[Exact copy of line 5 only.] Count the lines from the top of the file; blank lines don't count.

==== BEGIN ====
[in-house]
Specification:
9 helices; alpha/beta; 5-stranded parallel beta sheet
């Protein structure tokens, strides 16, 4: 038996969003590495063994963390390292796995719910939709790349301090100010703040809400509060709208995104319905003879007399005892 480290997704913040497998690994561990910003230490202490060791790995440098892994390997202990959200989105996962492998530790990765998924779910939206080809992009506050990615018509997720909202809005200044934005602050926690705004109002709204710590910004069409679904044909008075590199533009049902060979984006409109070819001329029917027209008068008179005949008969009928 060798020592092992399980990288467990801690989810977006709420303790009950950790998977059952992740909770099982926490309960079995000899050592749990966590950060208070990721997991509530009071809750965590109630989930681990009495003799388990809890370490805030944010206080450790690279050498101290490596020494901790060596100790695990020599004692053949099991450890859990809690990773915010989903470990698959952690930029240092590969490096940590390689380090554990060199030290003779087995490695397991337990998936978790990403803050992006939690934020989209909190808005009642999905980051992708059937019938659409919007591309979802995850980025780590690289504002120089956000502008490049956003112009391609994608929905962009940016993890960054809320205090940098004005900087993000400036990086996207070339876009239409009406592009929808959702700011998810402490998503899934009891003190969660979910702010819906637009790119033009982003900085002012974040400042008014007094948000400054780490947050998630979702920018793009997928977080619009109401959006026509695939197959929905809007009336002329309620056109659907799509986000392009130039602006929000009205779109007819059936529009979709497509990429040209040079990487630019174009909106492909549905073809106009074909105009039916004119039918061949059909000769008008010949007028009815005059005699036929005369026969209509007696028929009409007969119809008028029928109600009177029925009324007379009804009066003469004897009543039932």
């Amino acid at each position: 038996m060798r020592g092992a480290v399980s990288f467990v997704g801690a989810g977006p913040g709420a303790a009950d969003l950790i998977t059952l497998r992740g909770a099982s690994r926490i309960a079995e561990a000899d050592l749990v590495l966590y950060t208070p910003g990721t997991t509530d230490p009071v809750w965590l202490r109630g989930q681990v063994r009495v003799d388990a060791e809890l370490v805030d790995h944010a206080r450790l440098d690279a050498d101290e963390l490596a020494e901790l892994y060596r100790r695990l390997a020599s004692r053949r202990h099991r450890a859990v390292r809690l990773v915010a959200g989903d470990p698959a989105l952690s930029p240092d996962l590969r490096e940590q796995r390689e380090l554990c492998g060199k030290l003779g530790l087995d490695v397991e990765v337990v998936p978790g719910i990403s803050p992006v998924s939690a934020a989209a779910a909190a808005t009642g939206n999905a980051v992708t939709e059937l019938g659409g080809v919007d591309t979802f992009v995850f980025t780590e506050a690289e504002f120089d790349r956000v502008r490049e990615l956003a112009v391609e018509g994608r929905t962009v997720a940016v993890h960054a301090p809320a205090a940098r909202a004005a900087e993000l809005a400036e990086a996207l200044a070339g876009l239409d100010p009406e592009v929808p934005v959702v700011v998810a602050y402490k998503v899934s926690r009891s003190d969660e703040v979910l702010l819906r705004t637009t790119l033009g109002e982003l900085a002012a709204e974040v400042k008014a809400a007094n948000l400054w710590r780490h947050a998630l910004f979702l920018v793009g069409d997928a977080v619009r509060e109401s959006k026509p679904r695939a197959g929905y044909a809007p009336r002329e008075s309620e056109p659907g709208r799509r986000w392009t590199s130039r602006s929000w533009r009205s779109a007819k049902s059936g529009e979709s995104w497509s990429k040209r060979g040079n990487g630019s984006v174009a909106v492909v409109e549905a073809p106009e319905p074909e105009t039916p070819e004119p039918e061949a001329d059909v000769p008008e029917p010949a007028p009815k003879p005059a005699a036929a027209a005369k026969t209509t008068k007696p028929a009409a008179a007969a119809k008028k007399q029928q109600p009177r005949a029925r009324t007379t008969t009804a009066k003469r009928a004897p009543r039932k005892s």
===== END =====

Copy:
């Amino acid at each position: 038996m060798r020592g092992a480290v399980s990288f467990v997704g801690a989810g977006p913040g709420a303790a009950d969003l950790i998977t059952l497998r992740g909770a099982s690994r926490i309960a079995e561990a000899d050592l749990v590495l966590y950060t208070p910003g990721t997991t509530d230490p009071v809750w965590l202490r109630g989930q681990v063994r009495v003799d388990a060791e809890l370490v805030d790995h944010a206080r450790l440098d690279a050498d101290e963390l490596a020494e901790l892994y060596r100790r695990l390997a020599s004692r053949r202990h099991r450890a859990v390292r809690l990773v915010a959200g989903d470990p698959a989105l952690s930029p240092d996962l590969r490096e940590q796995r390689e380090l554990c492998g060199k030290l003779g530790l087995d490695v397991e990765v337990v998936p978790g719910i990403s803050p992006v998924s939690a934020a989209a779910a909190a808005t009642g939206n999905a980051v992708t939709e059937l019938g659409g080809v919007d591309t979802f992009v995850f980025t780590e506050a690289e504002f120089d790349r956000v502008r490049e990615l956003a112009v391609e018509g994608r929905t962009v997720a940016v993890h960054a301090p809320a205090a940098r909202a004005a900087e993000l809005a400036e990086a996207l200044a070339g876009l239409d100010p009406e592009v929808p934005v959702v700011v998810a602050y402490k998503v899934s926690r009891s003190d969660e703040v979910l702010l819906r705004t637009t790119l033009g109002e982003l900085a002012a709204e974040v400042k008014a809400a007094n948000l400054w710590r780490h947050a998630l910004f979702l920018v793009g069409d997928a977080v619009r509060e109401s959006k026509p679904r695939a197959g929905y044909a809007p009336r002329e008075s309620e056109p659907g709208r799509r986000w392009t590199s130039r602006s929000w533009r009205s779109a007819k049902s059936g529009e979709s995104w497509s990429k040209r060979g040079n990487g630019s984006v174009a909106v492909v409109e549905a073809p106009e319905p074909e105009t039916p070819e004119p039918e061949a001329d059909v000769p008008e029917p010949a007028p009815k003879p005059a005699a036929a027209a005369k026969t209509t008068k007696p028929a009409a008179a007969a119809k008028k007399q029928q109600p009177r005949a029925r009324t007379t008969t009804a009066k003469r009928a004897p009543r039932k005892s």